10. The above information about the hardware from @Bill Kielb and @neilestrick is good. A comment about your crystalline firings - it is good to keep the loads light unless you have a super powerful kiln like the L&L JH series (named for the late Jesse Hull, a crystallier who helped them design it specifically for crystalline work). A light load allows ordinary kilns to maintain the specific fast ramps needed for crystalline work. You mentioned you load the few pieces all on the bottom shelf. That puts all the thermal load in the bottom zone and nothing but hot air for the upper zones. Over time, that will result in uneven wear on the elements, leading to uneven firings. Add a few small shelves and spread the work within the kiln.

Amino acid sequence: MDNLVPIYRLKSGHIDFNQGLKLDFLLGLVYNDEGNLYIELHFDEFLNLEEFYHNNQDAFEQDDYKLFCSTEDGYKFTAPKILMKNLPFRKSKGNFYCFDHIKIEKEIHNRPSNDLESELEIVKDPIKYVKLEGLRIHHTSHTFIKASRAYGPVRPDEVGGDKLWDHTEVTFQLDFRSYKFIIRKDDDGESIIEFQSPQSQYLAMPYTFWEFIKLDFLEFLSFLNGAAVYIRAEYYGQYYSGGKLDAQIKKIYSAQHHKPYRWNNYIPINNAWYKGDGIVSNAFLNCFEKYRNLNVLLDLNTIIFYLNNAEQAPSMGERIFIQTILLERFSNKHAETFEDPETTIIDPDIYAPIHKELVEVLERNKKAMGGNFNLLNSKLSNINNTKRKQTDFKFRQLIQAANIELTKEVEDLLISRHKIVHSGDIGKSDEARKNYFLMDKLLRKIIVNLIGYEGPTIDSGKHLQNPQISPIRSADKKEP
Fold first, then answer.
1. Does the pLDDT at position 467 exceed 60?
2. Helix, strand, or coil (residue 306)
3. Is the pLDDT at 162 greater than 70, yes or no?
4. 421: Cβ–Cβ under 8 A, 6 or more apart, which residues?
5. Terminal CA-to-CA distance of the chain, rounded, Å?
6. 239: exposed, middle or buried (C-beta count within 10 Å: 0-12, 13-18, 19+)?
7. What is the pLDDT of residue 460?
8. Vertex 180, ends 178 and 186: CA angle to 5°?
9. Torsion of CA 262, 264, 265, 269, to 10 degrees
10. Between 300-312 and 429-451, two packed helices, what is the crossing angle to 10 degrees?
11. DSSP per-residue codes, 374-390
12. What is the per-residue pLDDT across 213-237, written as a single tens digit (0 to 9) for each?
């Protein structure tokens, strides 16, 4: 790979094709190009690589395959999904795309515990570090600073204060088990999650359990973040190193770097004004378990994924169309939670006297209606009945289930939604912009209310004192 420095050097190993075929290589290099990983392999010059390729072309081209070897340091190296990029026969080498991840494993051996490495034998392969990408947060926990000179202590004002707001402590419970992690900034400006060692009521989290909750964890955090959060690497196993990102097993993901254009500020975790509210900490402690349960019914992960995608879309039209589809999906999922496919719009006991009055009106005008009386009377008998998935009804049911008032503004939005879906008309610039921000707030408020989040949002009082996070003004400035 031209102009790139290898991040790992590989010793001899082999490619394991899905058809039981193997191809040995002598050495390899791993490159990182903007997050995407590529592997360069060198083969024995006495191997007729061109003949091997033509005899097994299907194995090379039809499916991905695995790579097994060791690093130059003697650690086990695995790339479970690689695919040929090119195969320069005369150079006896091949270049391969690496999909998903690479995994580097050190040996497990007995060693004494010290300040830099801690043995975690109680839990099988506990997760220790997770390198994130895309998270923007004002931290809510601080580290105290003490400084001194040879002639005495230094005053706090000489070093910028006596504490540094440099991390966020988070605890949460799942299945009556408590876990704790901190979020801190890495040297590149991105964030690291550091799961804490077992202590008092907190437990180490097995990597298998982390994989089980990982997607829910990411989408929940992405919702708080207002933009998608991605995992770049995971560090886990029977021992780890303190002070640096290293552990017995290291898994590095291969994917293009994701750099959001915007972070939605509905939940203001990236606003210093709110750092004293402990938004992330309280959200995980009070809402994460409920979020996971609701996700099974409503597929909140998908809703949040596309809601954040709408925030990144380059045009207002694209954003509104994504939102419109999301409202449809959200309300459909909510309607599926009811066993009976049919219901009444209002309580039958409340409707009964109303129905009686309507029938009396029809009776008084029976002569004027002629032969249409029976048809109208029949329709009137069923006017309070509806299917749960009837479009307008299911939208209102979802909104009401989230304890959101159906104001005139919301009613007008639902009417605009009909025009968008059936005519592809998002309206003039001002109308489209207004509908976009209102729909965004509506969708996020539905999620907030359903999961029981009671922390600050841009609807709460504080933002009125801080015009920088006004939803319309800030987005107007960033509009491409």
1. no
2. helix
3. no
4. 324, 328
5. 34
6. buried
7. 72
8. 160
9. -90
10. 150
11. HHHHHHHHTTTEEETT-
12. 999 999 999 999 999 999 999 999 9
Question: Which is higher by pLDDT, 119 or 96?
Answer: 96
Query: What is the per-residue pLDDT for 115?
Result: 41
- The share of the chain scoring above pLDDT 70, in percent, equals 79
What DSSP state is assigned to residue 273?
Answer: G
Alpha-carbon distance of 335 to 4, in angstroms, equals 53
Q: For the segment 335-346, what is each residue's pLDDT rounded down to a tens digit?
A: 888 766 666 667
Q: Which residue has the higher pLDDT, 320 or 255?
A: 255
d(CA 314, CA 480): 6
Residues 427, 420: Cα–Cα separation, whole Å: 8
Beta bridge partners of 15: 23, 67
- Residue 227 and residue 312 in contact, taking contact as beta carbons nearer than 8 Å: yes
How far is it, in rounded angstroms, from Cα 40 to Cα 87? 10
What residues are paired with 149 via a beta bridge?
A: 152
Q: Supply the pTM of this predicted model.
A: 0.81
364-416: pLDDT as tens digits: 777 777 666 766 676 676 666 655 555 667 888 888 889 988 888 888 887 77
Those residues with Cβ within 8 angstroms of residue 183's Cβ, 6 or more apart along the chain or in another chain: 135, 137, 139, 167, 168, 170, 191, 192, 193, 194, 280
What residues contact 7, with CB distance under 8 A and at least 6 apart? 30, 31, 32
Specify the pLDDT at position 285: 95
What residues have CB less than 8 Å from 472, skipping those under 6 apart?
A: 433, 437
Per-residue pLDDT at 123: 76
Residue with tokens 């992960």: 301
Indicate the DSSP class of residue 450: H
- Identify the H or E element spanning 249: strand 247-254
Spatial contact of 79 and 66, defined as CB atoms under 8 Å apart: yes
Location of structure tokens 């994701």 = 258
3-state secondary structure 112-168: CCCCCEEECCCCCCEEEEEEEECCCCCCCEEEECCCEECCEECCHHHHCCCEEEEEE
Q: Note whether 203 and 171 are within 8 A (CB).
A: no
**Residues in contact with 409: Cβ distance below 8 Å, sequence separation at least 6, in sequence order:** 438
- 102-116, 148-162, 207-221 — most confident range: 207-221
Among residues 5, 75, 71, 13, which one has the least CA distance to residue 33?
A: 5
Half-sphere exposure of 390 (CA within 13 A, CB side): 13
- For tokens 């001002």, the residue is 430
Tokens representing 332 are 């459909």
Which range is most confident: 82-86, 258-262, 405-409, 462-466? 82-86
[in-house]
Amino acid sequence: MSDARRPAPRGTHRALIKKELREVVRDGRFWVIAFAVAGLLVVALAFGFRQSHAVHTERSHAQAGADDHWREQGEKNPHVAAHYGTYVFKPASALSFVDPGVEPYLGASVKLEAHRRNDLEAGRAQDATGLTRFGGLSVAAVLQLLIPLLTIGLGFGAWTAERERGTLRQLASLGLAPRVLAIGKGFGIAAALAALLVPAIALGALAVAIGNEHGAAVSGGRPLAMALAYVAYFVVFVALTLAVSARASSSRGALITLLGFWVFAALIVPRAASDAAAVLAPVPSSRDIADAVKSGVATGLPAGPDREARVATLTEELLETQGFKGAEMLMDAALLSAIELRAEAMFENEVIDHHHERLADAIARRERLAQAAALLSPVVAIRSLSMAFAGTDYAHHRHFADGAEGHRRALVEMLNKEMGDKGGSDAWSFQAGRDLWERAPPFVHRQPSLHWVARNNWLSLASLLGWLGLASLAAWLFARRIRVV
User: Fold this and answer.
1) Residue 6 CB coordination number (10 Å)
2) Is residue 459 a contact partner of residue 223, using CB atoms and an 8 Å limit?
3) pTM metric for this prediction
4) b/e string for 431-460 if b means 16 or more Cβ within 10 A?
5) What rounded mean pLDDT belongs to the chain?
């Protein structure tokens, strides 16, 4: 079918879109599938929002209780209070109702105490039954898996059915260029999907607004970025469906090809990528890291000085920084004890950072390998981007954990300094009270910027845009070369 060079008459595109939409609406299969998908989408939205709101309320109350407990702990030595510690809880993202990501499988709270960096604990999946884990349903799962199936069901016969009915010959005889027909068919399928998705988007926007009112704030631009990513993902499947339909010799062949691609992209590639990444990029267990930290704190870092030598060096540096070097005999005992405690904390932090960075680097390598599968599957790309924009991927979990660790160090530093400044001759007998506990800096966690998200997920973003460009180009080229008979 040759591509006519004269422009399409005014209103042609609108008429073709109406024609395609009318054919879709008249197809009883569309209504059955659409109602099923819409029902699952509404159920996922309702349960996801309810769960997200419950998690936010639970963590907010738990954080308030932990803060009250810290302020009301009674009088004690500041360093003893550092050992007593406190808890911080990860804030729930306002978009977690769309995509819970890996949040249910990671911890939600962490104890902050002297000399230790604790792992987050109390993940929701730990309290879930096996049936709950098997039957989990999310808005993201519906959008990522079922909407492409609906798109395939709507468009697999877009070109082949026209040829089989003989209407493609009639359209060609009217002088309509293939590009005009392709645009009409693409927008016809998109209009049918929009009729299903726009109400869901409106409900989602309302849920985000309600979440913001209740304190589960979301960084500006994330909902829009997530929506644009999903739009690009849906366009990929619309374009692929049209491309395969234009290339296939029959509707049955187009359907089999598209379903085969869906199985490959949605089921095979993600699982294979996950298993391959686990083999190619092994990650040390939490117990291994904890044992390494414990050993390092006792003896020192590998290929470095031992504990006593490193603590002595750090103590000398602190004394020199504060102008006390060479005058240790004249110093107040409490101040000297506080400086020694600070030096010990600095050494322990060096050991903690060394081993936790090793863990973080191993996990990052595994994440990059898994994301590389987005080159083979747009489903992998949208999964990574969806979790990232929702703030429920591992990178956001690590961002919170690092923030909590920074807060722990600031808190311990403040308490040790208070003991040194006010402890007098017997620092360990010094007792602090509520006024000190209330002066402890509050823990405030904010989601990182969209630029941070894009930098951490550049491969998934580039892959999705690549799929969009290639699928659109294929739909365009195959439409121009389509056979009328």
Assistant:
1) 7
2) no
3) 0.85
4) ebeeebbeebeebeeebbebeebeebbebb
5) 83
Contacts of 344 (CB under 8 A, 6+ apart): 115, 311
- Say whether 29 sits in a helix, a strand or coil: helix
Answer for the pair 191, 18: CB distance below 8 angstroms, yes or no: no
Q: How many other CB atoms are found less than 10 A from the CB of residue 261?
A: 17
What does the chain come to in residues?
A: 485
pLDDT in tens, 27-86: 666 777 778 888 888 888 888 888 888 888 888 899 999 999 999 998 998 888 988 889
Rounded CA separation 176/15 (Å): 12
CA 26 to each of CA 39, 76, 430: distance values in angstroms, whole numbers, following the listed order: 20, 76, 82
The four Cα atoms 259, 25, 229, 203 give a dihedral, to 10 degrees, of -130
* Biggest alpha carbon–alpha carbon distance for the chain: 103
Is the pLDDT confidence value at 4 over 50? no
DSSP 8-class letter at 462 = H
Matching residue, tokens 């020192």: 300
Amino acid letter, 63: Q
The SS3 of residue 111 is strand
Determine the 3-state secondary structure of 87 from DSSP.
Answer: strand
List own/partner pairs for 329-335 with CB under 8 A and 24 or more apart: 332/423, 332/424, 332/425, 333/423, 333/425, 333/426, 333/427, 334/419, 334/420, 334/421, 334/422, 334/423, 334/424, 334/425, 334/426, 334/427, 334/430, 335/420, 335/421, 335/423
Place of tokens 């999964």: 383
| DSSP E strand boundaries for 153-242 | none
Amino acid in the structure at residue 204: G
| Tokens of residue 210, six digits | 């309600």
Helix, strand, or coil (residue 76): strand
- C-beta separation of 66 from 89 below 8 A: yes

11. That's a very good price for the Genesis controller, I wonder why they are selling them for half the price Bartlett sells them - unless as @neilestrick suggested, that is the upgrade price if you want a Genesis instead of the standard version on a new kiln you are buying from them. If you are getting one raw, as @Bill Kielb and Neil said, it is a direct swap for the Bartlett V6CF or L&L Dynatrol (which is their private label on the V6CF). The wires will be the same except the thermocouple terminal has been moved from the left side (facing the back of the board) to the bottom of the board. It will not fit on a Skutt, as their version of the Bartlett product has a larger face. If you are building from scratch for a manual kiln conversion, that will take more parts as Bill mentioned. I have built 4 so far for manual kilns, not hard. Will require some minor sheet metal work, a specific transformer, relays, and high temperature wire. Let us know what additional help you need. As for the WiFi, in addition to the firmware push and KilnAid app for monitoring status on your smartphone, it is necessary for the internal logging of firing data (it needs the WiFi connection to know the current date) and for transferring the logged data to your computer for subsequent analysis. The operation of the WiFi is simple - it must be within range of your existing WiFi network. My kilns are on the other side of a brick wall that blocked the signal until I installed a repeater. Note that the WiFi-to-smartphone interface is strictly read-only. You cannot control the kiln in any way, just get current status. On this aspect, the status data runs through the Bartlett cloud server so you can monitor it from anywhere your phone has cell service.